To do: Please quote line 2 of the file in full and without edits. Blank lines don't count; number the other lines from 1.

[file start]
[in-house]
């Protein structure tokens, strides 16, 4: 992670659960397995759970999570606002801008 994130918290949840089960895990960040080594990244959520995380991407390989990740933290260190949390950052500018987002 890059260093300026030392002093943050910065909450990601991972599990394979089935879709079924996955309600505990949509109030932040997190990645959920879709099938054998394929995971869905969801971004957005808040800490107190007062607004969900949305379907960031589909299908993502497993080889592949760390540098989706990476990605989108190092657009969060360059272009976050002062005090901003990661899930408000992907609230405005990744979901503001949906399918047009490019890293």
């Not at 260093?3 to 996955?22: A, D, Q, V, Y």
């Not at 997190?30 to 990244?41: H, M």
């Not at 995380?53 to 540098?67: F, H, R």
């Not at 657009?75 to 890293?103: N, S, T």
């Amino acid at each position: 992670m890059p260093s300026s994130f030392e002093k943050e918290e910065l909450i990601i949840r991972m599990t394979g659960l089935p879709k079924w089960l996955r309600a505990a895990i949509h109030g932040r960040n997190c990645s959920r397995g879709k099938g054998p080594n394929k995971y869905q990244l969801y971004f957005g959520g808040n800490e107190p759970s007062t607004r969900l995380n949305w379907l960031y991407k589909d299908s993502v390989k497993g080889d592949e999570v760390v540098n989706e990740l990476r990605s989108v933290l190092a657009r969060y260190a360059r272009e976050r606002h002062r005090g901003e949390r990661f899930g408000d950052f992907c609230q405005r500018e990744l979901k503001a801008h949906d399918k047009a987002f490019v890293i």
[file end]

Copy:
């Protein structure tokens, strides 16, 4: 992670659960397995759970999570606002801008 994130918290949840089960895990960040080594990244959520995380991407390989990740933290260190949390950052500018987002 890059260093300026030392002093943050910065909450990601991972599990394979089935879709079924996955309600505990949509109030932040997190990645959920879709099938054998394929995971869905969801971004957005808040800490107190007062607004969900949305379907960031589909299908993502497993080889592949760390540098989706990476990605989108190092657009969060360059272009976050002062005090901003990661899930408000992907609230405005990744979901503001949906399918047009490019890293």